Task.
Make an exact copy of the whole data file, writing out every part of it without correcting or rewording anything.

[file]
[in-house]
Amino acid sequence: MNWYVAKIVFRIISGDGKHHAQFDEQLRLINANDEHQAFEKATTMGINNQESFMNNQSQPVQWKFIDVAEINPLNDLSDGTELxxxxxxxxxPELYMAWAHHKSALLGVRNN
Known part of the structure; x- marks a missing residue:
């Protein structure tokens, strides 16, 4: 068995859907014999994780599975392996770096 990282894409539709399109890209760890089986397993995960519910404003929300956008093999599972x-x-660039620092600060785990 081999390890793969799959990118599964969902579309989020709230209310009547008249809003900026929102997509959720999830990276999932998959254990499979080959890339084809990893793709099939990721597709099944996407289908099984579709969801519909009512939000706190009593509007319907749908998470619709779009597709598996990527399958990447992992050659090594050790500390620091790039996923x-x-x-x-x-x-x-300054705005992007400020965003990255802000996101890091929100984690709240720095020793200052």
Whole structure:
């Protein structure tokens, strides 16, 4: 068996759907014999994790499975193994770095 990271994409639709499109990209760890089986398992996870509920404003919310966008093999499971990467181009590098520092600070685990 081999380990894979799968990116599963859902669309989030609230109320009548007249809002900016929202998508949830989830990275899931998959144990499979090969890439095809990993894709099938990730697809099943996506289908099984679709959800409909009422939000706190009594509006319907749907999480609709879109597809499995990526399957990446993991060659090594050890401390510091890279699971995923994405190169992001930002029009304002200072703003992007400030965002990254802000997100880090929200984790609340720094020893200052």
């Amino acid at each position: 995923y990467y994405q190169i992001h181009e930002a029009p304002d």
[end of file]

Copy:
[in-house]
Amino acid sequence: MNWYVAKIVFRIISGDGKHHAQFDEQLRLINANDEHQAFEKATTMGINNQESFMNNQSQPVQWKFIDVAEINPLNDLSDGTELxxxxxxxxxPELYMAWAHHKSALLGVRNN
Known part of the structure; x- marks a missing residue:
């Protein structure tokens, strides 16, 4: 068995859907014999994780599975392996770096 990282894409539709399109890209760890089986397993995960519910404003929300956008093999599972x-x-660039620092600060785990 081999390890793969799959990118599964969902579309989020709230209310009547008249809003900026929102997509959720999830990276999932998959254990499979080959890339084809990893793709099939990721597709099944996407289908099984579709969801519909009512939000706190009593509007319907749908998470619709779009597709598996990527399958990447992992050659090594050790500390620091790039996923x-x-x-x-x-x-x-300054705005992007400020965003990255802000996101890091929100984690709240720095020793200052």
Whole structure:
């Protein structure tokens, strides 16, 4: 068996759907014999994790499975193994770095 990271994409639709499109990209760890089986398992996870509920404003919310966008093999499971990467181009590098520092600070685990 081999380990894979799968990116599963859902669309989030609230109320009548007249809002900016929202998508949830989830990275899931998959144990499979090969890439095809990993894709099938990730697809099943996506289908099984679709959800409909009422939000706190009594509006319907749907999480609709879109597809499995990526399957990446993991060659090594050890401390510091890279699971995923994405190169992001930002029009304002200072703003992007400030965002990254802000997100880090929200984790609340720094020893200052």
């Amino acid at each position: 995923y990467y994405q190169i992001h181009e930002a029009p304002d």